New French study follows a blood trail to reveal why ancient human beings went extinct

Neanderthals had a blood type that made them more vulnerable to infectious diseases that led to high infant mortality, a study published Wednesday explained.

A Charles R Knight drawing of the Neanderthal man | Wikimedia Commons

New Delhi: Scientists have identified the blood types of our closest extinct human relative to show why the species died out in the first place.

Neanderthal individuals had a blood type that made them more vulnerable to infectious diseases that led to high infant mortality, a study published Wednesday in the journal PLOS ONE explained.

Researchers from France have for the first time analysed blood types of one Denisovan and three Neanderthal individuals uncovering new clues to the evolutionary history, health, and vulnerabilities of their populations.

Both Neanderthals and Denisovans were ancient humans who lived across Eurasia, from Western Europe to Siberia, from about 300,000 to 40,000 years ago.

Previous research efforts have produced full-genome DNA sequences for 15 of these ancient individuals, greatly enhancing understanding of their species. However, despite being encoded in DNA, their blood types have received little attention.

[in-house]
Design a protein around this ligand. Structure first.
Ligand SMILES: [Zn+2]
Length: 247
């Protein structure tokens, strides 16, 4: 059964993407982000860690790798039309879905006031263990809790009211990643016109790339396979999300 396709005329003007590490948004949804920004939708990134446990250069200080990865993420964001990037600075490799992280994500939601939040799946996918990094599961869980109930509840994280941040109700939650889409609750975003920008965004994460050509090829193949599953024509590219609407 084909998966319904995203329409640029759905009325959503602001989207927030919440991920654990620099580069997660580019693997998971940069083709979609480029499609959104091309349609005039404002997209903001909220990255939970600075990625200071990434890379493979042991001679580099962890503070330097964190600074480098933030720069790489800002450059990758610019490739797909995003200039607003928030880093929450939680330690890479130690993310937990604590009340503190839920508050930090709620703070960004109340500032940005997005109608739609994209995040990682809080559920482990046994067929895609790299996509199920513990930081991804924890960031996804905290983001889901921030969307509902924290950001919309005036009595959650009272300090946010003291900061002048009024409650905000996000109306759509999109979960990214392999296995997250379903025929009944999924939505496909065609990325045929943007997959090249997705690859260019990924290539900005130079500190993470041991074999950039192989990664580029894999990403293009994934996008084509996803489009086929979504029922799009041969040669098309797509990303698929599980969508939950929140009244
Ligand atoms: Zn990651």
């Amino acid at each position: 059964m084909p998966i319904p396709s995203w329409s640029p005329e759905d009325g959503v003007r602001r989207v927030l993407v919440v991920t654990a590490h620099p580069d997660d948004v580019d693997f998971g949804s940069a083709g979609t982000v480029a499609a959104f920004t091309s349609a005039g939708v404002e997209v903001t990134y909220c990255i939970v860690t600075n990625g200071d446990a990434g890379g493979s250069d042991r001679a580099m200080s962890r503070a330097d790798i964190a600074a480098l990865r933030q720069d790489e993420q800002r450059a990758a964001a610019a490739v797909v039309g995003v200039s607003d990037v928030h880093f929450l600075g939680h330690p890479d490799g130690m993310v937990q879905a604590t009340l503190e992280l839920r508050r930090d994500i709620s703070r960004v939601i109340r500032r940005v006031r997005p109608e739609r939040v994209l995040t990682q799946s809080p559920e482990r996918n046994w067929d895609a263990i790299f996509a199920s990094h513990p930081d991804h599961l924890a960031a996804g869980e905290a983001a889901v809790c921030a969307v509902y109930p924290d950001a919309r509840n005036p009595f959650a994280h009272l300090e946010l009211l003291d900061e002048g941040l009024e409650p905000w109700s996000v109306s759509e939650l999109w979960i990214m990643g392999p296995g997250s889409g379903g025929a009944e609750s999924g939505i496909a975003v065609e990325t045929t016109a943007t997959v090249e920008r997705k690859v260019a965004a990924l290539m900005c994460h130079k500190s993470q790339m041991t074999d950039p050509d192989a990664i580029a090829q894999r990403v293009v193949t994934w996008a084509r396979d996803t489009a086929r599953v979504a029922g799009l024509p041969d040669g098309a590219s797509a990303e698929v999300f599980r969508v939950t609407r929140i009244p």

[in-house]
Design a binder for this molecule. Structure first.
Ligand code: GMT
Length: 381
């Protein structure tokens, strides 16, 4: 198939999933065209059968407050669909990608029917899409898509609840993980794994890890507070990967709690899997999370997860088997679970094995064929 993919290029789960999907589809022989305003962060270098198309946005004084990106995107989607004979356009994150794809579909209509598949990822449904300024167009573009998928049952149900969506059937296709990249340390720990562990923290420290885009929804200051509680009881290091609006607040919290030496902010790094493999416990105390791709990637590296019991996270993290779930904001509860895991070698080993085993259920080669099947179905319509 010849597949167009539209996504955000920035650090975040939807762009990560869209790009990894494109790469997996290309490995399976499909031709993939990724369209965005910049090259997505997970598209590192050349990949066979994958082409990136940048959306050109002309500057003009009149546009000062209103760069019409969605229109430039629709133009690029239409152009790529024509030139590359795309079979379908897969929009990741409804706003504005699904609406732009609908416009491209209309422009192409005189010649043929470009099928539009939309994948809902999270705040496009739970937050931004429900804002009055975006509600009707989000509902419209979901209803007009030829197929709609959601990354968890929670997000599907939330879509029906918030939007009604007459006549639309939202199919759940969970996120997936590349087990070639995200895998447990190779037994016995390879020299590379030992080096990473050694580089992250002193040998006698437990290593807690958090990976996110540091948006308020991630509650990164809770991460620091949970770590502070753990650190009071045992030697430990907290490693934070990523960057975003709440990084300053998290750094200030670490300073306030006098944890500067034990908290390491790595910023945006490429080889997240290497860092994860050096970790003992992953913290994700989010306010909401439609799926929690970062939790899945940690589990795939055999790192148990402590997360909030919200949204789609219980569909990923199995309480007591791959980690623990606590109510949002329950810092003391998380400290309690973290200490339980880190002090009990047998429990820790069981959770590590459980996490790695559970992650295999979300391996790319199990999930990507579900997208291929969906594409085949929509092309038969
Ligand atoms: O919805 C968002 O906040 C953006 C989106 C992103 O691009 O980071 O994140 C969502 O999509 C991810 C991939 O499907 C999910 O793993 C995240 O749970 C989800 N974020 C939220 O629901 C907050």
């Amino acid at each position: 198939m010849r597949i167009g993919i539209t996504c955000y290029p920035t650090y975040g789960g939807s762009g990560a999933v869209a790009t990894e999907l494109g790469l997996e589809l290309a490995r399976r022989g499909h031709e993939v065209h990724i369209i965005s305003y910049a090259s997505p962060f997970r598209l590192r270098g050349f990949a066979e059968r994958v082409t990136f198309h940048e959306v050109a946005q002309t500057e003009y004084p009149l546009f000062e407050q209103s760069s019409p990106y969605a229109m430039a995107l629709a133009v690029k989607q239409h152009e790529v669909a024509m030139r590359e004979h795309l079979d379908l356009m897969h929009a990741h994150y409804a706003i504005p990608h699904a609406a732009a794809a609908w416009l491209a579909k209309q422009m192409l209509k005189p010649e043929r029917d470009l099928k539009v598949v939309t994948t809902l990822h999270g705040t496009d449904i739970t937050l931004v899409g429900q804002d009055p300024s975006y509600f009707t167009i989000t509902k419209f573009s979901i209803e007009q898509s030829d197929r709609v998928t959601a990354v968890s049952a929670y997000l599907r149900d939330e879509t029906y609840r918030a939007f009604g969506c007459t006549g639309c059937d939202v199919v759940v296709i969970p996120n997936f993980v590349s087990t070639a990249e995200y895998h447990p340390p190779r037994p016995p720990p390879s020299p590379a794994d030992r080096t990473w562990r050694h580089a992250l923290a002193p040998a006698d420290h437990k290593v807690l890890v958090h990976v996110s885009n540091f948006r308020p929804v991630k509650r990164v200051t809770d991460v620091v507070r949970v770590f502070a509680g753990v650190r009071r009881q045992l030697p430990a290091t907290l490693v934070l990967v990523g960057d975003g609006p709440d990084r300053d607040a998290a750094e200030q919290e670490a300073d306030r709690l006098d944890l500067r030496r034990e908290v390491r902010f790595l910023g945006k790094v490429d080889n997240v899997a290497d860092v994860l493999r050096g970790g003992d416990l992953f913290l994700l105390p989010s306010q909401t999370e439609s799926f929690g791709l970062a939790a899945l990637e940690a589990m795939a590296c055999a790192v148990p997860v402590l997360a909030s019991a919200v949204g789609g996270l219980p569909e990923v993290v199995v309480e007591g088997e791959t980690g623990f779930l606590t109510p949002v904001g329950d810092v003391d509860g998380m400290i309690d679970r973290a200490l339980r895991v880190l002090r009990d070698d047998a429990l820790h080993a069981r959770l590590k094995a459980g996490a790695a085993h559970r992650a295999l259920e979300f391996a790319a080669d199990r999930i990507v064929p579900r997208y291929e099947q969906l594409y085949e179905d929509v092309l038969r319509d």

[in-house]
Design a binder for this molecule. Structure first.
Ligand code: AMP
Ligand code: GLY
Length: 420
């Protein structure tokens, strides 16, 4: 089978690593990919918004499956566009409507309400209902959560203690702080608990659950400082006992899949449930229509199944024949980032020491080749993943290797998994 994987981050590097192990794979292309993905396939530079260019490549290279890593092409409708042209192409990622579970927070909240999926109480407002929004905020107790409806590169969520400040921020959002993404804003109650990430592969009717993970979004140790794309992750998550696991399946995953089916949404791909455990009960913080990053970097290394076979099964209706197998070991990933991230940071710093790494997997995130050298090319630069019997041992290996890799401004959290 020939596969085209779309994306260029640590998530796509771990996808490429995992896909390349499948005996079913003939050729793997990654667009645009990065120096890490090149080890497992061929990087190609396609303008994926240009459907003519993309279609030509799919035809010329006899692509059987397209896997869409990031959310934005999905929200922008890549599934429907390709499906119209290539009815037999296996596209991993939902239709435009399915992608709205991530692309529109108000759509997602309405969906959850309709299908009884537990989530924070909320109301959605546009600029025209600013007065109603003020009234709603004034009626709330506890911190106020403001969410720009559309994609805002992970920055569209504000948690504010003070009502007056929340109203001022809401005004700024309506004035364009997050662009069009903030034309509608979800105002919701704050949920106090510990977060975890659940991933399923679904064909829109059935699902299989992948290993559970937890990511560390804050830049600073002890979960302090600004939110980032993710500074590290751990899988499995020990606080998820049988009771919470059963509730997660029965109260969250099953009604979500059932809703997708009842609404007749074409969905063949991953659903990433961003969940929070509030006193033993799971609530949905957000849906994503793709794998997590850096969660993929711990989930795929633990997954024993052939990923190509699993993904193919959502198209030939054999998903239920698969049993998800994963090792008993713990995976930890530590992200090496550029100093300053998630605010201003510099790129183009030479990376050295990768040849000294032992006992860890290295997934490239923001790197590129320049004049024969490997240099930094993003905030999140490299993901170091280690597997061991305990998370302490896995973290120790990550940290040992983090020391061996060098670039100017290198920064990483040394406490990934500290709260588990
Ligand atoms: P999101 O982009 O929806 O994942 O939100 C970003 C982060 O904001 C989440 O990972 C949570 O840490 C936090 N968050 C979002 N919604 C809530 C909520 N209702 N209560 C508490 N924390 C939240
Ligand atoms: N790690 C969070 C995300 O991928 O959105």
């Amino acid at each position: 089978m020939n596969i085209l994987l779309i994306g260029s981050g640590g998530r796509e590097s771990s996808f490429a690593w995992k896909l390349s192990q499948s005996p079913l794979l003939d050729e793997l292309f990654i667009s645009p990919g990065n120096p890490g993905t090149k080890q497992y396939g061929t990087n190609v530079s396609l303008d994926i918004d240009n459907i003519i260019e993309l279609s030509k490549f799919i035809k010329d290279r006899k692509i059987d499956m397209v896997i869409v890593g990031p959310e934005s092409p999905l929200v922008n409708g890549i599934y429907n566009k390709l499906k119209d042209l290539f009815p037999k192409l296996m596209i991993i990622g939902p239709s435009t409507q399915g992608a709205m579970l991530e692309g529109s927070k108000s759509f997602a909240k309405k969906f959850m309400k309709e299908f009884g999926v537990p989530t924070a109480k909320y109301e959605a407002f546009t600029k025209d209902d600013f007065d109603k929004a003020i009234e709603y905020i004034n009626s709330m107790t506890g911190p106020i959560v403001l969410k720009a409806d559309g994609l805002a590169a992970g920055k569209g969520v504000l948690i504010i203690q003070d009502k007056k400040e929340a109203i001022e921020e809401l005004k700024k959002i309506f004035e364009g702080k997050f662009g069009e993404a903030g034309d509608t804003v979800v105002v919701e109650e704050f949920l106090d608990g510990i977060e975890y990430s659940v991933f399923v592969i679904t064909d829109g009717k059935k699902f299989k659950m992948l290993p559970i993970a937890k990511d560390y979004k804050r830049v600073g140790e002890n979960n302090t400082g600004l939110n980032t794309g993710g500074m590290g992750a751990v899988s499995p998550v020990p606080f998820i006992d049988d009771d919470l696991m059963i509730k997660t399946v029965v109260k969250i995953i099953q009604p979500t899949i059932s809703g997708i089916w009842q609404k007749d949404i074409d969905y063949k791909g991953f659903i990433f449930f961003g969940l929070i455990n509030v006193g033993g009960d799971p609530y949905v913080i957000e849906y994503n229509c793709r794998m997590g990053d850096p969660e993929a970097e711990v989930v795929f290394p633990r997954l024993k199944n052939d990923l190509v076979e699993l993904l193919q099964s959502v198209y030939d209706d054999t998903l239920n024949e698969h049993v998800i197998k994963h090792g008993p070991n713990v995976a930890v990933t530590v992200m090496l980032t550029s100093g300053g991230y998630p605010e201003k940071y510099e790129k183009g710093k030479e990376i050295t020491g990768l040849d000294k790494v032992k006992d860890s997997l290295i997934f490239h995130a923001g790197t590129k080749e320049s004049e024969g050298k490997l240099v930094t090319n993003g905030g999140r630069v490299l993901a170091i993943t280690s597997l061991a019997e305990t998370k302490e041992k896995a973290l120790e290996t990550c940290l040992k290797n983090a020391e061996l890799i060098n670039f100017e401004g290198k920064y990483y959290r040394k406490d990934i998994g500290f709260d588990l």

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What blood types reveal about mating habits, place of origin

The team used systems that are often used in medical settings for blood transfusions to decode the blood types of the individuals from their genome that has led to several findings.

For instance, the ancient individuals had blood type alleles — different versions of the same gene — in combinations that confirm that Neanderthals and Denisovans originated in Africa.

The team also found a genetic link between the Neanderthal blood types and that of an Aboriginal Australian and an indigenous Papuan, which suggests that Neanderthals and modern humans mated before modern humans migrated to Southeast Asia.

In Neanderthals, researchers found the blood type alleles was associated with an increased vulnerability to virus infections that affect foetuses and newborns, lead to low reproductive success and genetic diversity compared to modern humans.

“This work identifies the blood group systems in Neanderthals and Denisovans in order to better understand their evolutionary history and to consolidate hypotheses concerning their dispersal in Eurasia and interbreeding with early Homo sapiens,” researchers said.

(Edited by Paramita Ghosh)


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